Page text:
Fresno State psychology instructor Bob Levine is impressed that the small Asian province of Bhutan, about twice the size of Fresno County, a country that is so behind modern times that streets don’t even have traffic lights, can embrace the advanced notion of happiness as a product.
It is a country that believes happiness can be measured and studied in a way that the emotions of the people can change national policy. It is run by a government empathetic to its citizens, and changes itself to provide that happiness for them.
It is a body of power that is molded and shaped by the moods of its people, and it’s the only country in the world that does it.
For generations, Bhutan has been an isolated country nestled between India and Tibet, its northern border comprised of the Himalayan mountain range. The country’s elevation rises from around 600 feet at the southern end to more than 23,000 feet up north.
The first time its citizens experienced the glow of television was in 1999.
Over a year ago Levine visited Bhutan to be inducted into its Gross National Happiness project.
He had been in contact for some time with the director of the Center for Bhutanese Studies, Dasho Karma Ura.
Now, he’s going back, this time in order to be more involved. His work this time may lead to change national policy.
“The country is going through this natural experiment which to me, as a social psychologist, to be able to observe how people change, how social dynamics change—it’s all before our eyes,” Levine said. “And that’s what interests me about it.”
The project is tentatively scheduled to begin in January 2013.
The government is moving forward with a new phase to the project, Levine said. The plan that he helps to develop will aid in the economic and spiritual growth of the country’s happiness.
“It’s really wonderful to me,” Levine said. “How effective they’re going to be is an open question.
“Traditionally, when countries grow, the question of psychological quality of life gets left behind. But what I’m so impressed with is the notion that the leaders of a country, as national policy, are emphasizing the importance of psychological, emotional, social, physical well-being of their people.”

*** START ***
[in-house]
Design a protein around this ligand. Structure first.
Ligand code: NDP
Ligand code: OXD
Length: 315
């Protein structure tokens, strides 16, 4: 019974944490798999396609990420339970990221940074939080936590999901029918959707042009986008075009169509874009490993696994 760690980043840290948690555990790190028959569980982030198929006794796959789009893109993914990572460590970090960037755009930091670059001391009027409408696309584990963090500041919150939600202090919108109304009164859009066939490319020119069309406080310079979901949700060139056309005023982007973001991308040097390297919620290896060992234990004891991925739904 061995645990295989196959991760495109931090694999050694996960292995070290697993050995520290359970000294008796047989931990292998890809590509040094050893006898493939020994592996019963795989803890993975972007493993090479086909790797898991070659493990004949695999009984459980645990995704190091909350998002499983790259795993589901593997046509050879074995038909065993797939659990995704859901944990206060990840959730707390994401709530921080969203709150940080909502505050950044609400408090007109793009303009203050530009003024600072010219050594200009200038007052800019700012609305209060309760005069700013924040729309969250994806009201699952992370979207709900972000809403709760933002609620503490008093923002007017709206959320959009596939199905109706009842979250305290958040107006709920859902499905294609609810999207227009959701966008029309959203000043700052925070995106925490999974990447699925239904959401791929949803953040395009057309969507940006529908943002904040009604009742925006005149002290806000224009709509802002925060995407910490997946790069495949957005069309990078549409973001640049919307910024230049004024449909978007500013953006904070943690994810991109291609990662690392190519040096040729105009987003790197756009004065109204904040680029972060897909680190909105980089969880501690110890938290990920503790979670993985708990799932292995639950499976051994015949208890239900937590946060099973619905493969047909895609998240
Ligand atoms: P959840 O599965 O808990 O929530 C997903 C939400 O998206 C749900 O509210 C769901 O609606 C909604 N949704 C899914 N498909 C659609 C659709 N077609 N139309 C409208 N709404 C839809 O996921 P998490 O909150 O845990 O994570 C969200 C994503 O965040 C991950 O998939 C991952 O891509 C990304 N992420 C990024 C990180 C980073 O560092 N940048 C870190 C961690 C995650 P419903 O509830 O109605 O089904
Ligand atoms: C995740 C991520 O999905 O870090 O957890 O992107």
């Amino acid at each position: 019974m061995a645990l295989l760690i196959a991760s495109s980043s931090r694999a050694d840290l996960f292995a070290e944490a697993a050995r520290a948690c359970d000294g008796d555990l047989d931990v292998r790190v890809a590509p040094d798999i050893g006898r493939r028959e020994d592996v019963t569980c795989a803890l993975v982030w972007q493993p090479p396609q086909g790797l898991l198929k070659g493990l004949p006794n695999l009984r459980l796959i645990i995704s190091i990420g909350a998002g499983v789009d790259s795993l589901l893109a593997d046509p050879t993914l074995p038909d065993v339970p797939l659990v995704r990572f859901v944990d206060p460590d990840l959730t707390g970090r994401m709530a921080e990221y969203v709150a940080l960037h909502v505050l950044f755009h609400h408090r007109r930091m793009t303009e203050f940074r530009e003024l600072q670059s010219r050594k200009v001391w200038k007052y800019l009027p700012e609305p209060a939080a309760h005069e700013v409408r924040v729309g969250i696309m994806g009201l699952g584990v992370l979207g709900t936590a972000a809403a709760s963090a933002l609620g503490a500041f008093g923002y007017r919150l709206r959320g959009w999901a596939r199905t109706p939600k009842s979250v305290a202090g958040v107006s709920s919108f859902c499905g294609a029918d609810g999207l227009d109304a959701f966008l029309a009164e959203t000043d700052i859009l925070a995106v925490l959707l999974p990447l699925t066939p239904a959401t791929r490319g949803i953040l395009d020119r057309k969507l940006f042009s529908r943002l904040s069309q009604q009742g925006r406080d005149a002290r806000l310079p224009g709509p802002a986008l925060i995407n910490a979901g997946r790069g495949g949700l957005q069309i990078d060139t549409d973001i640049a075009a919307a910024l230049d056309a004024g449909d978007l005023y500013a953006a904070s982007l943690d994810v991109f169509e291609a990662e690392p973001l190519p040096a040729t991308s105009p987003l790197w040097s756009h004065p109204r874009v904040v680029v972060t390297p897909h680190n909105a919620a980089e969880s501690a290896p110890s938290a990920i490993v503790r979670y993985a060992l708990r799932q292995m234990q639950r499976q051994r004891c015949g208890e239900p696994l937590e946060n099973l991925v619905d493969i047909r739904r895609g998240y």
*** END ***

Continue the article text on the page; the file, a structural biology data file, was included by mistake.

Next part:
The country’s fourth Dragon King, Jigme Singye Wangchuck, founded Bhutan’s Gross National Happiness index in 1972 in an effort to begin modernization of the country.
“The king, of all people, this monarch, comes up with the notion of the quality of life, and that making money does not equal a better quality of life,” Levine said. “He developed this notion, as well as measurement of gross national product to measure gross national happiness.”
Levine received two letters of invitation, one from former Bhutanese King Jigme Singye Wangchuck, who abdicated his throne to his son in 2006, and another from Jigmi Y. Thinley, prime minister of Bhutan.
Levine will join around 35 other scholars in an International Expert Working Group, to aid the Gross National Happiness project in conjunction with the United Nations.
His contribution to the group is to help the government understand the correlation of happiness and the perception of time.
Levine, who has taught psychology at Fresno State since 1974, is an internationally known instructor and lecturer. Time is a field of psychology that Levine has devoted many years of his educational life to, and is the focus of his first book, “The Geography of Time,” released in 1997.
“I know that my main responsibilities will be on that one dimension—that single dimension—of the gross national happiness index, which is time, both the subjective feelings about time and objective measures of time use,” Levine said.
Levine said the Bhutanese government will hire people to go from door to door with a packet of questions to gather the necessary information.
The government has experienced a lot of success with the method. The last round of data collected, came from around “tens of thousands of people,” out of a population of around 708,000, Levine said.
“In the United States, when national surveys are done, it’s around 1,500 to 2,000 people that are surveyed to represent the 300 million people in the United States,” he said. “So they’re very good at getting that data.”
Levine said he will use the information from the surveys to “get a sense of the way people are using their time, their sense of satisfaction with the way they’re using their time and looking at individual differences and maybe being able to find connections that’ll help in being more efficient—at the same time increasing that gross national happiness index.”
Levine said he would like to see Bhutan stand as an inspiration to other countries to put happiness on the agenda. Several countries, such as the United Kingdom, are already starting to experiment with the idea.
But the idea of happiness as a product of the country is still new, and in that sense, won’t be widely accepted, Levine said.
“Just try to imagine it,” Levine said. “Try to imagine a presidential candidate in the United States talking about gross national happiness. It would be the end of them.”
The assumption, Levine said, is that in the United States, there is a belief that happiness rises proportionally with that of income.
Levine believes, however, that countries don’t have anything to lose by opening up to the idea. After all, happiness can’t be bought or sold, he said.
“What I find most impressive about this project, is that a poor country, as part of (its) national policy, is emphasizing the importance of happiness,” he said. “I don’t see any downside to embracing that as a national value.”